- Men should be able to “handle” their women
Because of these beliefs, men who are abused by female partners may be slow to admit it. They may not want to tell anyone. Additionally, sometimes police and other professionals may not take the abuse seriously.
As a result, a man in an abusive relationship may have some of these feelings:
- Afraid to tell anyone
- Depressed or humiliated
- Afraid he has failed as a lover and partner
- Guilty about leaving her or scared of coping alone
- Furious she could do or say the things she did
- Confused because sometimes she acts loving and kind
- Frustrated and sad because he has tried everything
- Afraid of continued violence or harassment if he leaves
- Panicked he may lose his male identity if people know what has been going on
- Worried about his financial security
- Made to believe he deserved it
Changing or leaving is a process, not an event
It takes time to realize your relationship is abusive. It takes time to admit a person you love, someone you thought loved you, is willing to say and do things that harm you.
It takes time to find out if it is possible to keep the relationship but stop the abuse. If there are children involved, it may take time to figure out how to create a healthy, stable and loving environment for them.
It can be messy and slow to recognize, change or leave an abusive relationship. It seems like taking two steps forward and one step back. But many people have been able to move past abuse. They say it has been worth the effort to get their lives back. An abusive environment harms children now and in their future.
If there are children in your household, take responsibility for their safety and well-being. Do this even if you are not their biological parent. The children did not choose the adults in their home. They deserve a healthy and safe environment, so they can grow to become healthy and flourishing adults.
Unhealthy or abusive?
Look at this chart. For each relationship factor, think about your relationship. Then ask yourself this question: Is my relationship most like the healthy, unhealthy or abusive relationship?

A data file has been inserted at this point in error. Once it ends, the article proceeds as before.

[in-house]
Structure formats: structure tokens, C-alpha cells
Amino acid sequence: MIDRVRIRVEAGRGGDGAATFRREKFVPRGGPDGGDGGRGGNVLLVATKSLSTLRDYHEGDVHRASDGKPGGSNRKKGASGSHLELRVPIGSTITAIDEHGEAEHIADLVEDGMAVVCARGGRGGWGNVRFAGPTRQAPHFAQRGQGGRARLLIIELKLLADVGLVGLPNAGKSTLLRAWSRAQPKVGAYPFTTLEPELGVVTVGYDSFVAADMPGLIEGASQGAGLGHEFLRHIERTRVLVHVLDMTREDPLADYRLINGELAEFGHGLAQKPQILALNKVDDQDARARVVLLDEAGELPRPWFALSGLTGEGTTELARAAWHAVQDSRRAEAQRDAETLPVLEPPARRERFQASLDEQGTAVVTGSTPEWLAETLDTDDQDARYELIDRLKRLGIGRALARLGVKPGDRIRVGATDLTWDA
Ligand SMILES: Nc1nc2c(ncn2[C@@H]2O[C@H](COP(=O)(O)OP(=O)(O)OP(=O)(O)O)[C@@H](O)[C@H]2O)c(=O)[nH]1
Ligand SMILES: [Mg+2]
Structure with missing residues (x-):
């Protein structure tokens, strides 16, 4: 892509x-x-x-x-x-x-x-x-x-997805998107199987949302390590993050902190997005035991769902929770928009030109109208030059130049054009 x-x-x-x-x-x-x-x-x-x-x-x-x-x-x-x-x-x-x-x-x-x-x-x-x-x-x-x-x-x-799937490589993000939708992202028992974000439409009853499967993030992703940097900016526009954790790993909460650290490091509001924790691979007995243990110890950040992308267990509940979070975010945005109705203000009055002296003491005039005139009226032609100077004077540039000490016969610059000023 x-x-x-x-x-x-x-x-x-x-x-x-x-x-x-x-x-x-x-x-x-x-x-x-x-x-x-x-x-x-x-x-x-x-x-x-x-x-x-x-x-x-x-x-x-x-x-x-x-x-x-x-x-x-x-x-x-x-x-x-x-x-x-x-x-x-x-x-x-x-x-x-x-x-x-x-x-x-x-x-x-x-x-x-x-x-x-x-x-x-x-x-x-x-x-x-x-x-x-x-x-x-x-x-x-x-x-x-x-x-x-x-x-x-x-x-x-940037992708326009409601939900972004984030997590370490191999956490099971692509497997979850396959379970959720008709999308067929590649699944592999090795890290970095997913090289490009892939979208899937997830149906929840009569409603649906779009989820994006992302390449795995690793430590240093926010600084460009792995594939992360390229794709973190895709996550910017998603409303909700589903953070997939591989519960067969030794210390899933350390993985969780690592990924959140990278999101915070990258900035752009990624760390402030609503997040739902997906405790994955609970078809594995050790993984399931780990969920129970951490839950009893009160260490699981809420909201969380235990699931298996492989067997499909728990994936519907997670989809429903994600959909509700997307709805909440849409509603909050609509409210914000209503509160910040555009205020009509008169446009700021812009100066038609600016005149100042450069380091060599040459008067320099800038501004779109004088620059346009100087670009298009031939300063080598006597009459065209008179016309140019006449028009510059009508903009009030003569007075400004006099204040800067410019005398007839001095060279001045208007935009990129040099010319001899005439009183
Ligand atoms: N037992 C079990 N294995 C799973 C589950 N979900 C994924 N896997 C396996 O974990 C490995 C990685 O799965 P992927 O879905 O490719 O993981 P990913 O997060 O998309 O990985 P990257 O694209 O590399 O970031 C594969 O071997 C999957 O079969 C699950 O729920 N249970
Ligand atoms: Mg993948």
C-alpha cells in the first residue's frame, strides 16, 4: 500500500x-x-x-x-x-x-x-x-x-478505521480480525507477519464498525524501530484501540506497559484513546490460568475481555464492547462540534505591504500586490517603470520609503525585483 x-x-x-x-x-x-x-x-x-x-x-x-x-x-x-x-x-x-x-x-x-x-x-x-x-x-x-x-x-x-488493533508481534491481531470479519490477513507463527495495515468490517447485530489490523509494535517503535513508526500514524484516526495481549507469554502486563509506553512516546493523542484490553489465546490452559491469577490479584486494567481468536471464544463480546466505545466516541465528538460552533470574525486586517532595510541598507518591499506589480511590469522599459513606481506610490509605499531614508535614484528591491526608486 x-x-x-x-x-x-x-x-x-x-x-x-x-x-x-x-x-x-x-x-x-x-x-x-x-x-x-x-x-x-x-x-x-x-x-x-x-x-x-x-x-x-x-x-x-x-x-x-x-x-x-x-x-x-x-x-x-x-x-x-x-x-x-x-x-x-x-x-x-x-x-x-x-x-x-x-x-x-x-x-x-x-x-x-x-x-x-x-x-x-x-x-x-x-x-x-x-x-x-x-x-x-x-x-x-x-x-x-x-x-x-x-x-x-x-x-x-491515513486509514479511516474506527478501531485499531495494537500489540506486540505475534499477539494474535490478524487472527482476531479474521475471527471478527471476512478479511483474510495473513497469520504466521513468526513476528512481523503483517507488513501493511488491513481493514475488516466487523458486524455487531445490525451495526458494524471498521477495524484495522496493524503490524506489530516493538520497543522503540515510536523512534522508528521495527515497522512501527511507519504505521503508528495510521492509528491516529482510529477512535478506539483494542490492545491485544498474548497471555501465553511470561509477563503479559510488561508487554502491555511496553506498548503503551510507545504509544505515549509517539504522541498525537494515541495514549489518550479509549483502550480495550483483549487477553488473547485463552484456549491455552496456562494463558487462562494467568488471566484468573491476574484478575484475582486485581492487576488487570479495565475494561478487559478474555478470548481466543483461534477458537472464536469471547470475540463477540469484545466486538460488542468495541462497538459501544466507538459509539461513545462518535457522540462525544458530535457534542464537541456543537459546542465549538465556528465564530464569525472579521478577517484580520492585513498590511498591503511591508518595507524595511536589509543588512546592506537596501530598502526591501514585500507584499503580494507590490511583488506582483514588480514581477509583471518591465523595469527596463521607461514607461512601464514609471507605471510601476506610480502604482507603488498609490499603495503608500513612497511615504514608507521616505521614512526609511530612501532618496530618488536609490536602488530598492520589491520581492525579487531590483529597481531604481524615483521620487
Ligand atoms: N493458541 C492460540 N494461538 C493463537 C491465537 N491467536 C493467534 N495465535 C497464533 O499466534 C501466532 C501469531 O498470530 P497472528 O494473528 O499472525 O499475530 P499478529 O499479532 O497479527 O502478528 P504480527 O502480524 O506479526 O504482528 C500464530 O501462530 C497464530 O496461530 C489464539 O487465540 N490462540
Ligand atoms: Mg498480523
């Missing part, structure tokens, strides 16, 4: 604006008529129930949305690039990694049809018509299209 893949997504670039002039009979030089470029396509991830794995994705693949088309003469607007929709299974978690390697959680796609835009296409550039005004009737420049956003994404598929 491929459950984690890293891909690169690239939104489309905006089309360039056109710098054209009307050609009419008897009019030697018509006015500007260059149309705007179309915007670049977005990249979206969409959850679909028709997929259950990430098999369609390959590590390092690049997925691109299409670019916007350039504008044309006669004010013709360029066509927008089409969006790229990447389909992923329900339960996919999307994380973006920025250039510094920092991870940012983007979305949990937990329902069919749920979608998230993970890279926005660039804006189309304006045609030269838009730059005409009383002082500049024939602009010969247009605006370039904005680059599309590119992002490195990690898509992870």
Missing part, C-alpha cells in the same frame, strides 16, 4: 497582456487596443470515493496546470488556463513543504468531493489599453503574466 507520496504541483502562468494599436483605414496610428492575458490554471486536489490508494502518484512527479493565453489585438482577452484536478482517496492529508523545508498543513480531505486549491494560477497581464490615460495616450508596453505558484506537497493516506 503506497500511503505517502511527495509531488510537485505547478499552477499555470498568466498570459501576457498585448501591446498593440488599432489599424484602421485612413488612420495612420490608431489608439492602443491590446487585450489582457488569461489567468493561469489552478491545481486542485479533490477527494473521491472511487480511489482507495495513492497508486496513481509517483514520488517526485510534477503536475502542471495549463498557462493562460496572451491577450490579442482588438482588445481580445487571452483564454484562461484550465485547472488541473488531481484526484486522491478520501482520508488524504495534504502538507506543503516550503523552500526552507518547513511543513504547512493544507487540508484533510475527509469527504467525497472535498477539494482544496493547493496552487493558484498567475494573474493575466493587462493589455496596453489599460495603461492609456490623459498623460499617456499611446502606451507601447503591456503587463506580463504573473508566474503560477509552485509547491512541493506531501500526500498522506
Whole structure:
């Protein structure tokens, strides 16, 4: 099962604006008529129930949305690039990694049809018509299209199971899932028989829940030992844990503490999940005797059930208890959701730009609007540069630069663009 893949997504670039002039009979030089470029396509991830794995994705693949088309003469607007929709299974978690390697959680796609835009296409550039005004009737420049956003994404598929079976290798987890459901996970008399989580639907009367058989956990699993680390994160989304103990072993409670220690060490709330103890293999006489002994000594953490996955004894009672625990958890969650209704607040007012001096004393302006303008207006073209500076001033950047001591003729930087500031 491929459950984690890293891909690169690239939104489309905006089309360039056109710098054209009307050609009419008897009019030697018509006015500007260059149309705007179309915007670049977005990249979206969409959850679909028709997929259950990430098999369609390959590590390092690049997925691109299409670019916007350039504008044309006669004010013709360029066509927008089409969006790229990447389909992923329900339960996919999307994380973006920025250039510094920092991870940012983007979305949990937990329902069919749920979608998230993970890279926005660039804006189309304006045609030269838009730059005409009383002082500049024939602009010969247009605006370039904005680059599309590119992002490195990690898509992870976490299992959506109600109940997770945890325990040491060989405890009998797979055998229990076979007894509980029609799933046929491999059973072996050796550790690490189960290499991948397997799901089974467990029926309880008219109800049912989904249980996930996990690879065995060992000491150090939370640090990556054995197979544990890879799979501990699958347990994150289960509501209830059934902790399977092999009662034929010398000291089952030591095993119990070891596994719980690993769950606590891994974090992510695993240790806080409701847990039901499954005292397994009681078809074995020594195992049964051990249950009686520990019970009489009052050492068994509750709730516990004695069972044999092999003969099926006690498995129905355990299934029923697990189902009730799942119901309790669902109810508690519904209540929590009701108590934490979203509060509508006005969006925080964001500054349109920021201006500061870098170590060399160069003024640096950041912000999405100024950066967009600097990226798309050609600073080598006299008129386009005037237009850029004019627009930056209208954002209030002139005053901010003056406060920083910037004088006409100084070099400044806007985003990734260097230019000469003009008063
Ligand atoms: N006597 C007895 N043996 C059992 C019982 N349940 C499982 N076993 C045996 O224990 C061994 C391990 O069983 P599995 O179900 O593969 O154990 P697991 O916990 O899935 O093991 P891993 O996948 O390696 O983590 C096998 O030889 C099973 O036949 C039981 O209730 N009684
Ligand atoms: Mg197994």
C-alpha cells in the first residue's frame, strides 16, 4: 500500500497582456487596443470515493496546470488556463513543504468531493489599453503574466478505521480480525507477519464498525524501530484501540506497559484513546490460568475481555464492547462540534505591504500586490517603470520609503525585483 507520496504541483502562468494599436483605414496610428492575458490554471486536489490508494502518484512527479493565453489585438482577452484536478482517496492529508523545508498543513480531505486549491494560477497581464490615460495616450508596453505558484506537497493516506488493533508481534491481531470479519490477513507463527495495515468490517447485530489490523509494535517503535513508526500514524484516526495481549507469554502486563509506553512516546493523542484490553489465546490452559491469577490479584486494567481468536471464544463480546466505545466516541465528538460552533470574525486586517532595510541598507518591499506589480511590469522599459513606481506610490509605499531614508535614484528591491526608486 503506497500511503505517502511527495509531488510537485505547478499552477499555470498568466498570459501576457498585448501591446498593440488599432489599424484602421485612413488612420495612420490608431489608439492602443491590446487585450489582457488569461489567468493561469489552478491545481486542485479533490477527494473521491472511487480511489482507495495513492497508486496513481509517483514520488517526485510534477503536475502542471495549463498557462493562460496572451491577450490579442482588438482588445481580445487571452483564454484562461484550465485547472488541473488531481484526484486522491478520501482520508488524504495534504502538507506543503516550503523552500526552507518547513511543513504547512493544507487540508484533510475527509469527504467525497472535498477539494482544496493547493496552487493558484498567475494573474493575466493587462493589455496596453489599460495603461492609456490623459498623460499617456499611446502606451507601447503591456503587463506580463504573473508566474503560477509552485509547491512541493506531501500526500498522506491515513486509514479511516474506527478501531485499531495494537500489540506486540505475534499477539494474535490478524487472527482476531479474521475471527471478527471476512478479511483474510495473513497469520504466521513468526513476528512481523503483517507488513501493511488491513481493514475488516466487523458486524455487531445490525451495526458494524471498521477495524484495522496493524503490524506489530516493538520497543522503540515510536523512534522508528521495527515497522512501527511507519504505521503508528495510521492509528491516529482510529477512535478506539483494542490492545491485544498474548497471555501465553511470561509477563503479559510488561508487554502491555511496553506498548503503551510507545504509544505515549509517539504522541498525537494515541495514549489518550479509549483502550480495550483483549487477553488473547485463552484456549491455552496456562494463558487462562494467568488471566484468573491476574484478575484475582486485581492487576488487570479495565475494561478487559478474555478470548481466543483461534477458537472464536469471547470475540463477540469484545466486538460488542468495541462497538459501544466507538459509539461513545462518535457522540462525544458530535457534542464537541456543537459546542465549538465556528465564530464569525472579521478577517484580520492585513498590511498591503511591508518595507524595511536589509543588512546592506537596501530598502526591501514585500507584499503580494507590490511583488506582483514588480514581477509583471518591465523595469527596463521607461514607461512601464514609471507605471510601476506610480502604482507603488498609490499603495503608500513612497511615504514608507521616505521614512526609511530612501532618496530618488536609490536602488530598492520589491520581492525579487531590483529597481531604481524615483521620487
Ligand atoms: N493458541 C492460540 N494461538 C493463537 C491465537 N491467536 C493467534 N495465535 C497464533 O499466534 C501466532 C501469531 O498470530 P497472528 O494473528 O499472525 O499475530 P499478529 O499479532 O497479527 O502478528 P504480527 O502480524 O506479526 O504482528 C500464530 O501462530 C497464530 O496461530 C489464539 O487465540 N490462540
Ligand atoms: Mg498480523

Nine things you can do if you are being abused by your partner
1. First, make sure you and the children are physically safe.
- 1. If you are in immediate danger, call 911
2. Know you are not responsible for the abuse. The abuse is the responsibility of the person who is abusive. You did not cause the abuse even if she would like you to think so.
3. Understand that the abuse and violence are not likely to stop. In fact, abuse and violence
usually become more frequent and more severe over time. When you are thinking about your options, be as realistic as you can in assessing what the risks are in your situation.
4. Tell someone you trust about the abuse. Choose someone who will believe you. Secrecy gives the abuse more power. When you tell another person, you reduce the power of secrecy and gain some power to make the situation better. If the first person you tell does not seem to take you seriously, talk to someone else. Do not give up.
5. Find out more about abuse in relationships. You are not alone. About seven per cent of men are abused by female partners. Other men have had this experience and lived through it. Eventually they created new and healthy lives for themselves. Once you start looking for help, you will meet people who understand your situation.
6. Find out what help is available in or near your community. You do not have to do this alone.
7. Get professional help from a qualified counselor. Make sure the person understands what it is like for men to be abused by their partners. If the first counselor is not a good fit for you, try someone else. People who work in the area of family violence may be able to help find an appropriate counselor.
8. Look after yourself. You are in a difficult situation that takes energy and strength. Make time to do some things that feel good. Half an hour of an activity you enjoy will give you energy to get through another day. Then you will find the strength to do what is necessary to protect yourself and your children.
9. Spend time with healthy people. Even if they cannot help you directly, being with healthy people will remind you that most people are kind to one another and that many people have healthy and rewarding relationships. You can too.
Six things to do if there are children in your household
1. Think of the safety and best interests of the children first.
2. Get legal advice about custody, access and maintenance issues.
3. Tell the children that even though the adults in their home do not get along, the children are not to blame and the abuse is not their fault.
4. Do everything in your power to expose the children to healthy relationships, and to environments that are safe, predictable and loving. Children need to know most adults are kind to one another and most homes are safe places.
5. Help the children connect with healthy adults outside the immediate household. Find adults who care about the children’s well-being and whom the children can count on to be stable and predictable.
6. Help the children find ways to succeed. Children who know they are good at something are stronger in themselves, even when they are in abusive environments.